Citizens for Community Values (CCV), a Cincinnati-based group officially associated with James Dobson’s Focus on the Family, pressured the Ohio General Assembly in May 2007 to pass Senate Bill 16. This bill places severe restrictions on adult businesses.
The same group led the crusade in 2004 to have Ohio’s voters amend the state constitution to prohibit gay marriages and all civil unions. The restrictions on those subjects are more severe than in any other state.
SB 16’s restrictions on adult businesses would likely close many of them. Some of their workers would become unemployed, homeless, unable to feed their families, or incapable of paying tuition for college. Many would move to other states to work, raise families, or attend college.
For many Ohioans who don’t move, the bill would cause their money to flow out of state. Demand for adult entertainment would increase at sources such as the Internet, neighboring states, and the underground economy. Ohio’s tax revenues and public services would decline.
Moreover, law enforcement resources would be wasted by investigating adult businesses instead of real crime. And the workers and customers would be subject to arrests for completely harmless acts such as handshakes, hugs, or pats on the back. The arrests would give them criminal records and impair their future ability to obtain jobs, pursue careers, and otherwise function in society.
Fortunately, opponents of the bill are collecting signatures to have its fate decided by the voters through a statewide referendum in November 2007. Many Ohioans have expressed strong concerns about a small group of religious extremists being able to dictate how everyone in the state should act and think.
CCV threatened to collect signatures to place SB 16’s provisions on the November 2007 statewide ballot as an citizens’ initiative. The group also said it would work against the reelection of legislators who opposed the bill.
In response, numerous Ohio newspapers editorialized against the bill and urged the legislature to reject it.
Nevertheless, a majority of legislators caved to CCV’s pressure and voted for it. Some of them had previously criticized the bill as being unnecessary and a waste of time. One alternative newspaper’s article about their flip-flop was titled “Bullied state lawmakers approve a bill they hate.” Not much backbone there.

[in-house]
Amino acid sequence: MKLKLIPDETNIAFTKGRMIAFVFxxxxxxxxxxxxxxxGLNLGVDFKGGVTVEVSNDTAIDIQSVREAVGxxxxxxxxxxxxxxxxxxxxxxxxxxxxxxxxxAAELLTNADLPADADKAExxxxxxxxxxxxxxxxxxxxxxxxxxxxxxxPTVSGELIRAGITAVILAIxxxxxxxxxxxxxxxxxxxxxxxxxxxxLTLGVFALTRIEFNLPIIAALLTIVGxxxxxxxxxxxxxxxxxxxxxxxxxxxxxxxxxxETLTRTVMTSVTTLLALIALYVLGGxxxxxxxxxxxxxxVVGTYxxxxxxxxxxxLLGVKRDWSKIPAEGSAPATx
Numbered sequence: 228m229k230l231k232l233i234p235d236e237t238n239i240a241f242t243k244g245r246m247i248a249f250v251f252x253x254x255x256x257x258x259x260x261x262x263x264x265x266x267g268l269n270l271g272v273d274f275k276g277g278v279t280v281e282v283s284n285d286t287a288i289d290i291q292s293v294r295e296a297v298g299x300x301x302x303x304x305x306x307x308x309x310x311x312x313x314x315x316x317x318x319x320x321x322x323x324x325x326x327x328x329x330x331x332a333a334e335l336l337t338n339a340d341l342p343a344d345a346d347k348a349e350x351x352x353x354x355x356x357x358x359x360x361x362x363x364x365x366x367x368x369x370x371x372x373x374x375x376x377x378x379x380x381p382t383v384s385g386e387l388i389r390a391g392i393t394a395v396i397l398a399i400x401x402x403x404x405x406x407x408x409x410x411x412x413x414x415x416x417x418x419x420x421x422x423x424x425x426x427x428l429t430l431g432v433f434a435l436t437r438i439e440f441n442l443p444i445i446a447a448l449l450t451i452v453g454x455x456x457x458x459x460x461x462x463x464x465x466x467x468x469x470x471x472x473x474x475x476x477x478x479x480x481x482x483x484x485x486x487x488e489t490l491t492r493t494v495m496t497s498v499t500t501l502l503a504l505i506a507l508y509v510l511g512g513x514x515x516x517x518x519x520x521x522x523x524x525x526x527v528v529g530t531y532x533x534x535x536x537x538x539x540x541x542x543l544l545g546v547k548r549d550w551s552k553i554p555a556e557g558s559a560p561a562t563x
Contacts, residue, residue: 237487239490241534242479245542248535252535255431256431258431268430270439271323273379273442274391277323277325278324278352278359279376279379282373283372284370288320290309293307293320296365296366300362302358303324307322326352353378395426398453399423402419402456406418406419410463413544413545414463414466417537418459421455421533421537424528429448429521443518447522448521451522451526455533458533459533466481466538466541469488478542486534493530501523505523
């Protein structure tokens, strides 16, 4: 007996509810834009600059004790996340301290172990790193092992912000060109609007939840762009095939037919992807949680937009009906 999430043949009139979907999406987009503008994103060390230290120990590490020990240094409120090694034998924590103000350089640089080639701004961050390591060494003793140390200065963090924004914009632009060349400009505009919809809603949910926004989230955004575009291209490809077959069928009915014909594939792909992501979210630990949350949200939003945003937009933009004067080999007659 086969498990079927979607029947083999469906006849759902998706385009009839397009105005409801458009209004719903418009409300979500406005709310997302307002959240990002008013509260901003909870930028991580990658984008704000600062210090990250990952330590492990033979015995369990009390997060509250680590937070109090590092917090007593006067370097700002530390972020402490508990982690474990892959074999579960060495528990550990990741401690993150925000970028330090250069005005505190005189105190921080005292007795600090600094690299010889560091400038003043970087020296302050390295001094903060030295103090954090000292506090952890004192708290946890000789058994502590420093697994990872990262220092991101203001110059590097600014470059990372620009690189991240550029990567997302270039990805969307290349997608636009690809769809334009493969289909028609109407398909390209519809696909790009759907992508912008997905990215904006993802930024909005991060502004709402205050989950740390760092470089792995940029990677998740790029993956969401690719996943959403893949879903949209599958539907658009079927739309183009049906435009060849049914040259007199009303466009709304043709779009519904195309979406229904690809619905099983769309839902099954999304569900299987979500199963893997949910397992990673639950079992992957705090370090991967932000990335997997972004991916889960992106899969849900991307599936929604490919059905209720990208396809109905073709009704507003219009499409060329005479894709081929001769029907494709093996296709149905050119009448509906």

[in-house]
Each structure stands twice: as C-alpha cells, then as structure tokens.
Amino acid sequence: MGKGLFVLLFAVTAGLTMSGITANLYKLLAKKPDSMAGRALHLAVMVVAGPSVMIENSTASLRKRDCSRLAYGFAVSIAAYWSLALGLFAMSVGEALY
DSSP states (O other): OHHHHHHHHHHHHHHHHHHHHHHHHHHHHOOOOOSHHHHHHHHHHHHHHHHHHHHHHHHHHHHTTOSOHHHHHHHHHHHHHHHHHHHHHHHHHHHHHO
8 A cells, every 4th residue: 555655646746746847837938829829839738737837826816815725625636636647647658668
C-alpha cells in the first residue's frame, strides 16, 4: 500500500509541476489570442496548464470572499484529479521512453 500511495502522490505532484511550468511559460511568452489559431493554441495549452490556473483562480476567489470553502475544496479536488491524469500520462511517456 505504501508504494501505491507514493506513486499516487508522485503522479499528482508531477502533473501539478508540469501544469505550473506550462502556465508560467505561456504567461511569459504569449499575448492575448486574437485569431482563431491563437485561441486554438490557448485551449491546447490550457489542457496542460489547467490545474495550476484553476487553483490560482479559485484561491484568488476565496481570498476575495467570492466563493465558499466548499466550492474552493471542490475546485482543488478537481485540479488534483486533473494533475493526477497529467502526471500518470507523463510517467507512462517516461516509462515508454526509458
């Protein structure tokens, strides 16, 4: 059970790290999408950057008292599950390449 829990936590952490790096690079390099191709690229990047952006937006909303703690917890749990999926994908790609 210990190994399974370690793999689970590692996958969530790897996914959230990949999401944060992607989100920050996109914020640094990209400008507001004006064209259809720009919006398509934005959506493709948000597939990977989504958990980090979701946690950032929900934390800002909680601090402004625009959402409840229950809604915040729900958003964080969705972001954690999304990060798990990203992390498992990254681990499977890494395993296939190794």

In fact, most legislators went along with the bill even after The Columbus Dispatch revealed that CCV’s representatives had lied to them and the public by claiming that eight states had passed similar or more restrictive legislation. The newspaper’s research showed that no states had passed such legislation.
The leadership of Ohio’s legislature and a majority of its members apparently see nothing wrong with rewarding liars by passing ignorant and harmful legislation. That attitude exposes their own values as being quite deficient.
And disappointingly, Ohio’s new Democratic governor allowed the bill to become law (without his signature). He seemingly forgot that one of the reasons Ohioans voted for him over his Republican opponent was that they didn’t want theocrats running the state.
CCV says the purpose of the restrictions is to reduce crime. A connection between crime and adult businesses, though, is another falsehood the group has spread.
The claim that adult businesses cause crime has been debunked by a number of studies, including those performed by Daniel Linz, a professor in the Law and Society Program at the University of California at Santa Barbara.
In published research, Linz and his colleagues examine the studies purporting to link negative secondary effects to adult businesses. They expose those studies as failing to adhere to professional standards of scientific inquiry and in other ways being seriously and often fatally flawed.
They also report that when research is conducted by real social scientists – instead of anti-sex zealots having an agenda of closing adult businesses – the results are entirely different. The authors point out that scientifically valid studies show no negative secondary effects of adult businesses and sometimes indicate positive effects on communities.
No wonder the bars are called “Gentlemen’s Clubs.” In contrast, the dishonesty, intolerance, and heartlessness of CCV’s representatives show that they are acting at a much lower level than gentlemen. It’s obvious who has the better values.
James Prescott, a former research scientist and administrator at the National Institutes of Health, used international comparisons in reaching conclusions consistent with Linz’s.
Prescott found high violence rates in countries that are sexually repressed or otherwise discourage physical affection. He found low violence rates in countries having high acceptance of sexual expression and physical affection.
Prescott explains: “The data clearly indicates that punitive-repressive attitudes toward extramarital sex are . . . linked with physical violence, personal crime, and the practice of slavery. . . .”
He further asserts: “[The] findings overwhelmingly support the thesis that deprivation of body pleasure throughout life – but particularly during the formative periods of infancy, childhood, and adolescence – are very closely related to the amount of warfare and interpersonal violence.”
Thus, CCV’s latest anti-sex, anti-pleasure, and anti-happiness crusade, if successful, will increase crime and violence rather than alleviate those problems.
If CCV were being honest about intending to decrease crime, the group would be working to reduce several differences between the U.S. and industrialized countries having much lower crime rates. The differences have been strongly correlated with crime.